Stir-Fry with Amaranth, Quinoa, or Millet

2 cups cooked amaranth or quinoa or millet

2 tablespoons oil

1 chopped onion

1 sliced carrot

1 sliced celery stalk

(add or substitute other vegetables as the season provides)

1 cup sliced mushrooms (shiitakes are very nice)

3 cloves garlic, chopped

1/2 inch fresh ginger root or 1/2 teaspoon powdered ginger

1/2 cup almonds, chopped

1/4 cup sunflower seeds

pinch hot chili flakes if you like spicy pinch sugar

2 tablespoon soy sauce

dash of rice vinegar

Sauté vegetables, garlic, ginger, almonds and seeds in the oil until vegetables are tender crisp. Mix and add soy sauce, seasonings; then stir in amaranth or quinoa. Mix well until everything is warmed through. Meanwhile, in a separate pan, saute the sliced mushrooms in oil; add a little salt. Toss those in at the end. Serves 4.

Original recipe submitted by our very own Eleanor.

Seasonal Millet & Squash Bake

1/4 cup olive oil

3/4 cup millet

1 medium size butternut, kabota, or other winter squash or pumpkin, seeded, peeled, and cut into 1-inch lumps.

1 cup fresh cranberries

Salt and pepper

Minced sage leaves, 1 tablespoon fresh or 1 teaspoon dried

2 tablespoons maple syrup or honey

3/4 cup warmed up vegetable stock + 1/2 up cream (or 1 1/4 cup stock)

1/4 cup pumpkin seeds, chopped hazelnuts, or sunflower seeds


Heat the oven to 375º. Grease a medium size baking dish or casserole.


In a small skillet, heat 2 tablespoons of oil on medium-high, add the millet, and stir-cook till fragrant and golden (don’t cook too much). Spread on the bottom of the casserole.


Layer the squash lumps and cranberries on top of the millet. Sprinkle salt, pepper, sage; drizzle with syrup. Pour the warm stock and cream over all of it. Cover tightly with foil and bake 45 minutes.


Uncover and turn the oven up to 400º. If the food looks dry, add a little stock or water to finish cooking the millet. Sprinkle the seeds or nuts on top and put the pan back in the oven. Bake another ten minutes or so until the millet is cooked through, the food bubbles, and the top is browned. Drizzle with the rest of the olive oil if you like, and serve.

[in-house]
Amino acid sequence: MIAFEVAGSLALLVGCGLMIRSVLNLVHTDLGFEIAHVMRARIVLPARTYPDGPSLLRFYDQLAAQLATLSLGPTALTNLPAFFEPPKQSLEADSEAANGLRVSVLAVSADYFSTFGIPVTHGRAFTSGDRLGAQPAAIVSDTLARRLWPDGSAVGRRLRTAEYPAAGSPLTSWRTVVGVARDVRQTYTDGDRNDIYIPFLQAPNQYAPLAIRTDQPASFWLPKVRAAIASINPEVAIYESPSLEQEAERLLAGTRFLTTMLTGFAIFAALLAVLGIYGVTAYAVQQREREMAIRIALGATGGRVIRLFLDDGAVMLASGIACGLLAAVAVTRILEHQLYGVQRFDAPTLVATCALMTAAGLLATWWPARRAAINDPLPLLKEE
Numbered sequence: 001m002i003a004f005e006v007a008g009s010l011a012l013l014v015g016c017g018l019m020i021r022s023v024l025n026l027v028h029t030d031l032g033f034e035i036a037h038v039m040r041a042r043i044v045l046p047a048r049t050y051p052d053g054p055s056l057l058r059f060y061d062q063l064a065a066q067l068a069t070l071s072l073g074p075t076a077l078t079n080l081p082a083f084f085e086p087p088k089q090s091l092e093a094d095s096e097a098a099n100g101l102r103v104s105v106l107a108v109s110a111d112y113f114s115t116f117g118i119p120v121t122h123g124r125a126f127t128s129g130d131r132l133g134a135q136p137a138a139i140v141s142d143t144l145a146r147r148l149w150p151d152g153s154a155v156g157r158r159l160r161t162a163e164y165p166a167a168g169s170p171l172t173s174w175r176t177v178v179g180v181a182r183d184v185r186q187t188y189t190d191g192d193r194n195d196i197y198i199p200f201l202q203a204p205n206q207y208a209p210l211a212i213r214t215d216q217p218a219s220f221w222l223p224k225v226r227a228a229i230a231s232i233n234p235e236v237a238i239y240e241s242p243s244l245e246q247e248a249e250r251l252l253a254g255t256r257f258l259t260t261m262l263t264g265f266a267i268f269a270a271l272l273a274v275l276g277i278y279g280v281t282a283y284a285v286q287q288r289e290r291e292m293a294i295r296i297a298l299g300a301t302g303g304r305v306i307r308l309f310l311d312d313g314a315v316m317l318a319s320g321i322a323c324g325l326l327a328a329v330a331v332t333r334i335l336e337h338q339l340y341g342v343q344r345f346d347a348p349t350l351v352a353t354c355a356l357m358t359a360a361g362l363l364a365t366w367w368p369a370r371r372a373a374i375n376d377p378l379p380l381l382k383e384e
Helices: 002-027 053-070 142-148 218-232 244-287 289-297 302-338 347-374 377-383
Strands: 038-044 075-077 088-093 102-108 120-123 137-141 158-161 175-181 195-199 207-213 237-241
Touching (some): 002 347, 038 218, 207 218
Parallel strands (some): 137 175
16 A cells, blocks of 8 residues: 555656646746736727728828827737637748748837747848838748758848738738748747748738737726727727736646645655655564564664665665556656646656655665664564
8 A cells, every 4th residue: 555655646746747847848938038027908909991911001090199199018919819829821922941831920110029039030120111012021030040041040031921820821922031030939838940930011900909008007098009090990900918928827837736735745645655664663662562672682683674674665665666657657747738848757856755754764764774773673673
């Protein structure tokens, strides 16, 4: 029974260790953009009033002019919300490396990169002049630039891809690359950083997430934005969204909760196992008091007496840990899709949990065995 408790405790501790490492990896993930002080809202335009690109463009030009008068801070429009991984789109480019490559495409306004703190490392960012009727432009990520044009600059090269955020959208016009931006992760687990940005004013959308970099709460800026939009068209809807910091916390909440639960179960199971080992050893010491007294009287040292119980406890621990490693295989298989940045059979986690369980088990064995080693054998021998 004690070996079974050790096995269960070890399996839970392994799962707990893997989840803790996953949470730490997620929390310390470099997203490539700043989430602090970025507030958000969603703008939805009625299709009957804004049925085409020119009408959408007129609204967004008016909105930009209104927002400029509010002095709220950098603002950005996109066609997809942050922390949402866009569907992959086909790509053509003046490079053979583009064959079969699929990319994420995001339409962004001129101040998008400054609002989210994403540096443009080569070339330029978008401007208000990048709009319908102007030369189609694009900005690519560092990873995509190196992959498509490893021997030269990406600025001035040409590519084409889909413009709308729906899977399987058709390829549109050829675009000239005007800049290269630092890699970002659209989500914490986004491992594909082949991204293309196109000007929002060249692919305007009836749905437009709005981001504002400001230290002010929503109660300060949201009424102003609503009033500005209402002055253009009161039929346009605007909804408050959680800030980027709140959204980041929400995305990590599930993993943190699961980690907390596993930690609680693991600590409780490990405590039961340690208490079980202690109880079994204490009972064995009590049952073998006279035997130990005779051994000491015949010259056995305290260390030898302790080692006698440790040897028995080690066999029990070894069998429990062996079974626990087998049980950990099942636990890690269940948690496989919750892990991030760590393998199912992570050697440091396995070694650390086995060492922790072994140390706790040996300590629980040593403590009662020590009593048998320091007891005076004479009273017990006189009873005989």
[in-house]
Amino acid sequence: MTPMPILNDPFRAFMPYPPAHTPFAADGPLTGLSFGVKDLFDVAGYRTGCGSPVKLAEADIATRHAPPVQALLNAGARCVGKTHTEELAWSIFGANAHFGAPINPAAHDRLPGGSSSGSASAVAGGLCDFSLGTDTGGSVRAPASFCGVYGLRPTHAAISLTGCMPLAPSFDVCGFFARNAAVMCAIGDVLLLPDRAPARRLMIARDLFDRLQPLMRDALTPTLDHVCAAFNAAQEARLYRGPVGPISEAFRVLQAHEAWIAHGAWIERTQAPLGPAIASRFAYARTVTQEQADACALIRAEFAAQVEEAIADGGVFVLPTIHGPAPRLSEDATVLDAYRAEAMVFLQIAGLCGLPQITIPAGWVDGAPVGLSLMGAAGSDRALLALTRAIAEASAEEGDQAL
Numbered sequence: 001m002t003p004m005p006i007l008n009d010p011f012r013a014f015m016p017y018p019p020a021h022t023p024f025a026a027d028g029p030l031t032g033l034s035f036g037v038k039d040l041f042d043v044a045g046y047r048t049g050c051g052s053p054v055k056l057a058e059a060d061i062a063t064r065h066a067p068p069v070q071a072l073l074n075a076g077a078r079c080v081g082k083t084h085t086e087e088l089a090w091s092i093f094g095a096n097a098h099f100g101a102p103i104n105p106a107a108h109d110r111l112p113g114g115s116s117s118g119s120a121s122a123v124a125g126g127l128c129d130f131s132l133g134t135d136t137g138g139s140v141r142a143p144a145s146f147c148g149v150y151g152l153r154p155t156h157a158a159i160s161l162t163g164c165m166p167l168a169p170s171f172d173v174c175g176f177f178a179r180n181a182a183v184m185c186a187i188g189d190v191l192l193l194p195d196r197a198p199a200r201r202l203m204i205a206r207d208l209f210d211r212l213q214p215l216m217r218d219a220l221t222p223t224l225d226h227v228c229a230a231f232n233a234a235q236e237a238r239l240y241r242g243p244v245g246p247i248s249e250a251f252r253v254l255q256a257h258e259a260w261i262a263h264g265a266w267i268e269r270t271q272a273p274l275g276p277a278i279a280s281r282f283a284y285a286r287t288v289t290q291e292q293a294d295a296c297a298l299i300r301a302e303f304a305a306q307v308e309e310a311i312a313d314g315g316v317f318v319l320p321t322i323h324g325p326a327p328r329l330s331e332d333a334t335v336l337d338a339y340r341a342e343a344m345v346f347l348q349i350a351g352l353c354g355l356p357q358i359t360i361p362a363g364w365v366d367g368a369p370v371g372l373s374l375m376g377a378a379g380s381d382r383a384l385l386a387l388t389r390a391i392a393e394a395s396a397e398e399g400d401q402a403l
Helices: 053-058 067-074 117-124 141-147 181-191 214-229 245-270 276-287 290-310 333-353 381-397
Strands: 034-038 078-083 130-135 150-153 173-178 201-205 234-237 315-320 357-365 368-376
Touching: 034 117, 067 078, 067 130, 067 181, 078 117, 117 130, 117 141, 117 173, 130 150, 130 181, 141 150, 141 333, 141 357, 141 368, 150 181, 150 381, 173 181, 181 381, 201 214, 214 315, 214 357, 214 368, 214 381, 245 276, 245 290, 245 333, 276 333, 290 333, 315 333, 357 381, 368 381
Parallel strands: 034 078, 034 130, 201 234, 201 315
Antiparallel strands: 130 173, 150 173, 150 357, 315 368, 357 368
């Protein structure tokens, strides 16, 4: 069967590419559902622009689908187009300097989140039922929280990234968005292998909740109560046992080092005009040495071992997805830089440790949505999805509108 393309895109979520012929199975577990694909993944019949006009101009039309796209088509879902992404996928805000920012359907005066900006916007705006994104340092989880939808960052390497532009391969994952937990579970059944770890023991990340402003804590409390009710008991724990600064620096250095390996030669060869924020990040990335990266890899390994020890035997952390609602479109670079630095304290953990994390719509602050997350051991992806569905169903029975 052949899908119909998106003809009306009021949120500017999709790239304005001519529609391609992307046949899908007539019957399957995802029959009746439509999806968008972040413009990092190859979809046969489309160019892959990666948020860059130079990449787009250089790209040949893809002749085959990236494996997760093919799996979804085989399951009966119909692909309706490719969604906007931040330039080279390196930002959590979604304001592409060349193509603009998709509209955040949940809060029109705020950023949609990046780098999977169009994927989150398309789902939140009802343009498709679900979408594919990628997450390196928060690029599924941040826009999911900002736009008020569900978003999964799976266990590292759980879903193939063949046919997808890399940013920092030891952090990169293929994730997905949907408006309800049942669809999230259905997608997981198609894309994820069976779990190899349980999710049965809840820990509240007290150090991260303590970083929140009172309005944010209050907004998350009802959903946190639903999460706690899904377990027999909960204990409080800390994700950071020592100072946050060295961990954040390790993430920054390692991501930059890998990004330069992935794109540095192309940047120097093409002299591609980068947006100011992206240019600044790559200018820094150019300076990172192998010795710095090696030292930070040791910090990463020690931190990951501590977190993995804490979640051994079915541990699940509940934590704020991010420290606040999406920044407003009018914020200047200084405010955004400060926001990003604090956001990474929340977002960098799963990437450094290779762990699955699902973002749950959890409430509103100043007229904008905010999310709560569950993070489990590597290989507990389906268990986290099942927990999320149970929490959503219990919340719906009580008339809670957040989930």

Adapted from Mark Bittman on

Ricotta Millet Pudding with Warm Raspberry Compote


1 cup water

1/2 cup millet

2/3 cup milk (I prefer whole)

1/2 teaspoon vanilla


Bring millet and water to a boil in a saucepan, reduce to simmer, cook till done, about 20 minutes.  Mix milk, vanilla, and salt together and stir into millet. Cover and simmer about another 15 minutes until liquid is absorbed. (Times may be less, so watch the pot!) Remove from the burner and let rest 5 minutes. Take the lid off and cool for an hour.



1 1/2 cups ricotta cheese

1/4 cup honey

1 tablespoon lemon zest, finely grated

1 cup whipping cream

1/4 cup sugar


In a large bowl, combine ricotta, honey, lemon zest, and juice and beat with a wooden spoon till everything’s well mixed. Using a fork, break up the millet and incorporate it into the ricotta.


Whip the cream, gradually adding the sugar until it’s firm. Fold the whipped cream, a third at a time, into the millet/ricotta mixture, using a rubber spatula. Spoon the mixture into 6 to 8 serving bowls. Cover with plastic wrap and chill 2 hours or overnight.



2 1/2 cups frozen raspberries or fresh

1/4 cup honey


When it’s time for dessert, put the berries and honey in a saucepan over medium low heat. Cook, stirring gently so as not to mash berries, until just warmed through.



Spoon compote over chilled pudding and serve at once.

Adapted from Maria Speck, Ancient Grains for Modern Meals